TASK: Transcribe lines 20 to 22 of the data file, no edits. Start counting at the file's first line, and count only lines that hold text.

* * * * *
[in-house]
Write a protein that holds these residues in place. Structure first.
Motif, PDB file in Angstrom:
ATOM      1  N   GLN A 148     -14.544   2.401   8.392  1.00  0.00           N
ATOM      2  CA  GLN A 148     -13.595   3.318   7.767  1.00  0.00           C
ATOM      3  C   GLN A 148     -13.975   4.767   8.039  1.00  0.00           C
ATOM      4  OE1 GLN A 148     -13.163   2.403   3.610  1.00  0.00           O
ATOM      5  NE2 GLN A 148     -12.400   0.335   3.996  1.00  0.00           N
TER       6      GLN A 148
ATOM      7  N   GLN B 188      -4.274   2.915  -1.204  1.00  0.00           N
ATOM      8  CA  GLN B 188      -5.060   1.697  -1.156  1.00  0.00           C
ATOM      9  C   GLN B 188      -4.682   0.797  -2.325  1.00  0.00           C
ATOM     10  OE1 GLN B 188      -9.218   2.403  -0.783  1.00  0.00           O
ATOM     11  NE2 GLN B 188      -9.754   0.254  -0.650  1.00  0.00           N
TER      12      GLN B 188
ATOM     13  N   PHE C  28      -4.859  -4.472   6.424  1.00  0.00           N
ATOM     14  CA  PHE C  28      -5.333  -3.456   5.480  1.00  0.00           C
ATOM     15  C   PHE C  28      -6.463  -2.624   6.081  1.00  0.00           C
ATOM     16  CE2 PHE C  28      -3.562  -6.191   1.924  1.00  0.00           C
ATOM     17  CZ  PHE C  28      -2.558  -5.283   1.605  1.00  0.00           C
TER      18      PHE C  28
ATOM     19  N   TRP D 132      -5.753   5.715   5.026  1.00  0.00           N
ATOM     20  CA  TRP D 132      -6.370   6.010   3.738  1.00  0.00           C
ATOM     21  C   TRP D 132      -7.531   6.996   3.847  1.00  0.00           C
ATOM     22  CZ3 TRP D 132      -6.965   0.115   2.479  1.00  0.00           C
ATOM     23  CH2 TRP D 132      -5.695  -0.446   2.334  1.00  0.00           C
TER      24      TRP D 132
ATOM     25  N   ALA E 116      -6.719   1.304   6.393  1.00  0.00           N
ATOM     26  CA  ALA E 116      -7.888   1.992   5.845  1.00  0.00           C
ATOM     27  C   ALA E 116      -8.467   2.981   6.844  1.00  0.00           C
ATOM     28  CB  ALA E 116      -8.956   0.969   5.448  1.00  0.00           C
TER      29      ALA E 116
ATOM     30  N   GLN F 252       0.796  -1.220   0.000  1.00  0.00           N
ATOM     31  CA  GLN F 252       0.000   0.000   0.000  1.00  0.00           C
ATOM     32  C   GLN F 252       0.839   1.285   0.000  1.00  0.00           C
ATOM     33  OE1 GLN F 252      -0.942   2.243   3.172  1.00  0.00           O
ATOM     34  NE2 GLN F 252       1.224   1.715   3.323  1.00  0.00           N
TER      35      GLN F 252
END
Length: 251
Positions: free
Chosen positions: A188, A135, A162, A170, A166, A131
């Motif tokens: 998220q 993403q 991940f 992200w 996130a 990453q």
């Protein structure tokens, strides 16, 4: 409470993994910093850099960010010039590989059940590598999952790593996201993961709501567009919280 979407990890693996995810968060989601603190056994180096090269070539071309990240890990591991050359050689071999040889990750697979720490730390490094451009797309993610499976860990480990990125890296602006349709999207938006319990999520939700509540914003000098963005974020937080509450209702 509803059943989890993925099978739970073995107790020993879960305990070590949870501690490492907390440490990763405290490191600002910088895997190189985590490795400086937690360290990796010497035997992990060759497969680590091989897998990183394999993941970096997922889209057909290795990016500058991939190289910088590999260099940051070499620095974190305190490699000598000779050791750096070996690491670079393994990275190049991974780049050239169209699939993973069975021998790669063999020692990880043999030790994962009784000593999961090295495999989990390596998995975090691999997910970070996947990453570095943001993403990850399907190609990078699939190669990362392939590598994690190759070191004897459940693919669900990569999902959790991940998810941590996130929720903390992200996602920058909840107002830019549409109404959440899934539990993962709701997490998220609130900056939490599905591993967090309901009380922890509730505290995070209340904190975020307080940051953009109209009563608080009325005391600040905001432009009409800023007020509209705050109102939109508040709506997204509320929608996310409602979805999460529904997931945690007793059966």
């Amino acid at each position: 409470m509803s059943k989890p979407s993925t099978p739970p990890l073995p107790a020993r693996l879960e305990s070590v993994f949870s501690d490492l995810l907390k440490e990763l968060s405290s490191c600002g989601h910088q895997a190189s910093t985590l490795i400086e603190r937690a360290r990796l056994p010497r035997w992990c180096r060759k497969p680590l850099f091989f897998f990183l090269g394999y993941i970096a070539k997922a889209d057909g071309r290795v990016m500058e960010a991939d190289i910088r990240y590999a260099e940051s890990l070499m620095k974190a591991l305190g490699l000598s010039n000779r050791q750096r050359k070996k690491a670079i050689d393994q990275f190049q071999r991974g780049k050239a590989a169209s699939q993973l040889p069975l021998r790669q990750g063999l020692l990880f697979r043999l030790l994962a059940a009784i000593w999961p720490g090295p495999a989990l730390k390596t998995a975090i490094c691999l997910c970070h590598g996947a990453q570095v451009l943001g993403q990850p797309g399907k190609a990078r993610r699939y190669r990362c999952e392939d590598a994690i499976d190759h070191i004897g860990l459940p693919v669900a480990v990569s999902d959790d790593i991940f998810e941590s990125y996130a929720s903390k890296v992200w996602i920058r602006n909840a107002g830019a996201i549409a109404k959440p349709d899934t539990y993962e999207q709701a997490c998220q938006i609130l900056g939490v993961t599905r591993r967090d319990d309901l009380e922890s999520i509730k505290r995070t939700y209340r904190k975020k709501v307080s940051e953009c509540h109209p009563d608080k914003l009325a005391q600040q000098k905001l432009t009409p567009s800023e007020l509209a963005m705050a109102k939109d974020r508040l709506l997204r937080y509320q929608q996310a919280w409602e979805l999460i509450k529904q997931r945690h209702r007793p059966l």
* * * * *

ATOM     17  CZ  PHE C  28      -2.558  -5.283   1.605  1.00  0.00           C
TER      18      PHE C  28
ATOM     19  N   TRP D 132      -5.753   5.715   5.026  1.00  0.00           N